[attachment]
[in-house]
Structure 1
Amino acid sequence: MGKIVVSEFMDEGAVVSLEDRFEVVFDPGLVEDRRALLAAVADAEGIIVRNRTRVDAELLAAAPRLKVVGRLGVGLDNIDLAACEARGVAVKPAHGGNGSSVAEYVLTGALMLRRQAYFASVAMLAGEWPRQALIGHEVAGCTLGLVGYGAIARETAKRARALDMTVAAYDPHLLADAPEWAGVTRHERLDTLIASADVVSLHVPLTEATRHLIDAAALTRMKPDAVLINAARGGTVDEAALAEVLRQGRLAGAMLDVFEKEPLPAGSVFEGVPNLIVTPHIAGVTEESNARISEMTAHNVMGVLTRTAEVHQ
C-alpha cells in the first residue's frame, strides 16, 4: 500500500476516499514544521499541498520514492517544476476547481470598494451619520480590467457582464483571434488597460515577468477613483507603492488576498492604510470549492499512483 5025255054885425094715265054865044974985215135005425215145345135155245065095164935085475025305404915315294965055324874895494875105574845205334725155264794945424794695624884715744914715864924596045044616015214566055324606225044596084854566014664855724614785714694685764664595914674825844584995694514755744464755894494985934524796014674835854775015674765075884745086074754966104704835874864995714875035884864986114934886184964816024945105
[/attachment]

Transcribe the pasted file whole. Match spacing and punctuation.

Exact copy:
[in-house]
Structure 1
Amino acid sequence: MGKIVVSEFMDEGAVVSLEDRFEVVFDPGLVEDRRALLAAVADAEGIIVRNRTRVDAELLAAAPRLKVVGRLGVGLDNIDLAACEARGVAVKPAHGGNGSSVAEYVLTGALMLRRQAYFASVAMLAGEWPRQALIGHEVAGCTLGLVGYGAIARETAKRARALDMTVAAYDPHLLADAPEWAGVTRHERLDTLIASADVVSLHVPLTEATRHLIDAAALTRMKPDAVLINAARGGTVDEAALAEVLRQGRLAGAMLDVFEKEPLPAGSVFEGVPNLIVTPHIAGVTEESNARISEMTAHNVMGVLTRTAEVHQ
C-alpha cells in the first residue's frame, strides 16, 4: 500500500476516499514544521499541498520514492517544476476547481470598494451619520480590467457582464483571434488597460515577468477613483507603492488576498492604510470549492499512483 5025255054885425094715265054865044974985215135005425215145345135155245065095164935085475025305404915315294965055324874895494875105574845205334725155264794945424794695624884715744914715864924596045044616015214566055324606225044596084854566014664855724614785714694685764664595914674825844584995694514755744464755894494985934524796014674835854775015674765075884745086074754966104704835874864995714875035884864986114934886184964816024945105